Viral anxiety

This weekend I became an expert in epidemiology. No, not really, but you’d think that was my goal. The past few weeks have not been ideal in terms of limiting the time I spend on Twitter or skimming the news. It’s been several years of what feel like daily shocks running the gamut from cringes to gut punches. I stumble to find a response, any response, to all that is happening.

Today my mind is still sifting through what I’ve read. There’s a story I can’t tell in detail because it belongs to a loved one under 18, who went through a nightmare of a health crisis a few years ago. At a moment when we felt most helpless to understand what was going on or how to stop the suffering, we had to go back to the doctor’s office during the height of flu season. I walked as if in a dream because I couldn’t imagine how to deal with what was already happening AND the added risk of flu.

As of today, though, my loved one’s crisis has abated. On the other hand, I have a beloved parent in assisted living, another beloved parent with respiratory issues, both over 80, not to mention friends battling cancer, others living with asthma, and quite a few working in health care. For all of them, coronavirus is one more threat among many ongoing risks.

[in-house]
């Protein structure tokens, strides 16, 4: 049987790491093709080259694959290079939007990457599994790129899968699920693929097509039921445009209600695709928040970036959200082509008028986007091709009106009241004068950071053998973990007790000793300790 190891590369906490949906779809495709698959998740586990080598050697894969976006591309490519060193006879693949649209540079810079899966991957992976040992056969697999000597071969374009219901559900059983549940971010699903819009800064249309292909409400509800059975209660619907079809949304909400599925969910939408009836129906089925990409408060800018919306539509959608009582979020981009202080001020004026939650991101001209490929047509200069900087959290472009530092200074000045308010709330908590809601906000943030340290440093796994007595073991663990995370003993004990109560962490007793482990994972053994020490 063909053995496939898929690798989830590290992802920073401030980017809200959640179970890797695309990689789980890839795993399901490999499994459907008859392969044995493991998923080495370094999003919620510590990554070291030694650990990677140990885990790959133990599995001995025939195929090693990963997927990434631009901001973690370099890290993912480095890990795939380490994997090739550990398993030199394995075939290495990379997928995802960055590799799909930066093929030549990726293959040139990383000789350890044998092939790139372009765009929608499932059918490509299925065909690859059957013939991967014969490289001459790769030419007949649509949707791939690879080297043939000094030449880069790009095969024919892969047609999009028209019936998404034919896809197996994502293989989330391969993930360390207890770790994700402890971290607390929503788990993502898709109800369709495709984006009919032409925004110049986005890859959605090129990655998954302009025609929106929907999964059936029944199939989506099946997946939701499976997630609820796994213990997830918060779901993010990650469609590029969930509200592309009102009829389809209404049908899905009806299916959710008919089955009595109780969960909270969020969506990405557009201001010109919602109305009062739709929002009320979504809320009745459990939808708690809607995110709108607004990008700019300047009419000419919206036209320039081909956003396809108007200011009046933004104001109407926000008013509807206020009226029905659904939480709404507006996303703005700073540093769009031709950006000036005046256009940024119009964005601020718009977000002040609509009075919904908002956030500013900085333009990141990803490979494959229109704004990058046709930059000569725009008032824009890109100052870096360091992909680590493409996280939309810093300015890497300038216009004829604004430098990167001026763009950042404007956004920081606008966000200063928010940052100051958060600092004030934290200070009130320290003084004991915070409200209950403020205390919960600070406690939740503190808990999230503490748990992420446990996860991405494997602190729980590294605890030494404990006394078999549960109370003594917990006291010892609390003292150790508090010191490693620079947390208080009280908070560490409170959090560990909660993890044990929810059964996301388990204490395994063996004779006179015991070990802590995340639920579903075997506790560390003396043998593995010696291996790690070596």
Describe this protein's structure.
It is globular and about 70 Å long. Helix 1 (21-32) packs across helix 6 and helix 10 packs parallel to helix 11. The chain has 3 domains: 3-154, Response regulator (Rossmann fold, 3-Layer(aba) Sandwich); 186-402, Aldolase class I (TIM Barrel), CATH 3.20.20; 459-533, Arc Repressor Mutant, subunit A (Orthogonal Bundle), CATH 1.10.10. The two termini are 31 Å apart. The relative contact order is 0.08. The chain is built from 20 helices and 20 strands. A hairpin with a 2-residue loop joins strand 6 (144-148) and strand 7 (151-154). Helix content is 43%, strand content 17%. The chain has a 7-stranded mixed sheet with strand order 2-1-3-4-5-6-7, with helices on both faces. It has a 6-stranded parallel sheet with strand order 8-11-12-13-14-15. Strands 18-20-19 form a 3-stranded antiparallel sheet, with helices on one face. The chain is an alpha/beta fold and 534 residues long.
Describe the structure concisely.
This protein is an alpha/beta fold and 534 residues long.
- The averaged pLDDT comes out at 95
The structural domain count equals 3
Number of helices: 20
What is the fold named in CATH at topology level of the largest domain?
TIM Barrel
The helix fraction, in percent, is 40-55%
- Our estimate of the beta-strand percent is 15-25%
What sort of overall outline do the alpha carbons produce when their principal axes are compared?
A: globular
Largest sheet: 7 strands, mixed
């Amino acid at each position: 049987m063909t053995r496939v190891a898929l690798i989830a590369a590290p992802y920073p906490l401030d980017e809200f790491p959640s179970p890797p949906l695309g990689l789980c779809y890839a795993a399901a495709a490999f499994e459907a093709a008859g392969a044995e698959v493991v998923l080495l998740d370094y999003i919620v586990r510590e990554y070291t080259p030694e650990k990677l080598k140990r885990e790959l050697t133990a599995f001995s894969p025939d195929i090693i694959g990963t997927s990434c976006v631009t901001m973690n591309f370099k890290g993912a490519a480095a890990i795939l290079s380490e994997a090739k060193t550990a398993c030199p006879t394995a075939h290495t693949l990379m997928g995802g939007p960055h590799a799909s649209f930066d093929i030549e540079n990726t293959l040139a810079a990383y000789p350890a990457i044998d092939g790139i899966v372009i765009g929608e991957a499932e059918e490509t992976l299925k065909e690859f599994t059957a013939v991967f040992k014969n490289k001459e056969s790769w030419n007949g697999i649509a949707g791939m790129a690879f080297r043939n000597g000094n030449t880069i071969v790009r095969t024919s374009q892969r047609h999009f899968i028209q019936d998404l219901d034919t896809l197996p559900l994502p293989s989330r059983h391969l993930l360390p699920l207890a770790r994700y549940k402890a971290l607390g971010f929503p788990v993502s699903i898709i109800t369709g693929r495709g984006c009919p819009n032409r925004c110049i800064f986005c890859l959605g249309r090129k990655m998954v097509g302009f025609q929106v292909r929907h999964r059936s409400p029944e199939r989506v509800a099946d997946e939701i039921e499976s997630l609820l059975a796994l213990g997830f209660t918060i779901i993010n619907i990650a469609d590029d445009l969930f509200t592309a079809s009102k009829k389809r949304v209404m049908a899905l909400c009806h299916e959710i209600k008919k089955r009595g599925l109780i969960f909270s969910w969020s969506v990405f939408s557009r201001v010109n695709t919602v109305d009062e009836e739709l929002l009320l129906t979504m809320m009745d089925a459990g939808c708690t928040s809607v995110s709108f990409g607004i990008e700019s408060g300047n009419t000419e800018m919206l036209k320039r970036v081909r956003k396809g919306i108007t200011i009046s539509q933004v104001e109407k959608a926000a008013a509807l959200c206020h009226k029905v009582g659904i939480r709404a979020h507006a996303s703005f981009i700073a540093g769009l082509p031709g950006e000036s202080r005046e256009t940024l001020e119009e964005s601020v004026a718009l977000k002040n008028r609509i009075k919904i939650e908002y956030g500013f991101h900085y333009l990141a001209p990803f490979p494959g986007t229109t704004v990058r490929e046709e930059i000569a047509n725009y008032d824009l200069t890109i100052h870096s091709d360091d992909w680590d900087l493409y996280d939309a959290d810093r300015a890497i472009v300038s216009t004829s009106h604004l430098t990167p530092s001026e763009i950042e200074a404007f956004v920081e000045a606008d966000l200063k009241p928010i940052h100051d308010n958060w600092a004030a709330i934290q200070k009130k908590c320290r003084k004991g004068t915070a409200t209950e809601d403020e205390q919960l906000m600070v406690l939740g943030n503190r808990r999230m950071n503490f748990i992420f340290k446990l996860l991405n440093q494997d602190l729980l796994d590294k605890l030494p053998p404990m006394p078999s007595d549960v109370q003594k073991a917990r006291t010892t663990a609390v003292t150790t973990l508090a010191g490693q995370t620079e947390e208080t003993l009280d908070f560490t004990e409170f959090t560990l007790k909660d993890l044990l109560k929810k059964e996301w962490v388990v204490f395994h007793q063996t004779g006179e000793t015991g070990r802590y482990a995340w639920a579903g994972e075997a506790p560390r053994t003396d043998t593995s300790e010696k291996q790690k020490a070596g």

Though we learn more each day, none of us know what to expect from this coronavirus. My new online colleagues in the field of epidemiology make clear that without sufficient testing and mitigation, we will reach new levels of crisis within weeks and may have to endure several really tough months. But none of us know what will happen, not for certain.

What is certain is that so many people who already bear heavy loads, including just the challenge to make it from one day to the next, are weighed down even more by the thought of what might lie ahead.

I feel that weight, too. So let me hold us all in the light, as the Friends say. And I will do so every time I wash my hands, like a prayer going out into the world around me. I can’t do everything, but I can do this much to keep you healthy. To let you know that it matters to me what you are going through. Hold on. Stay in the light.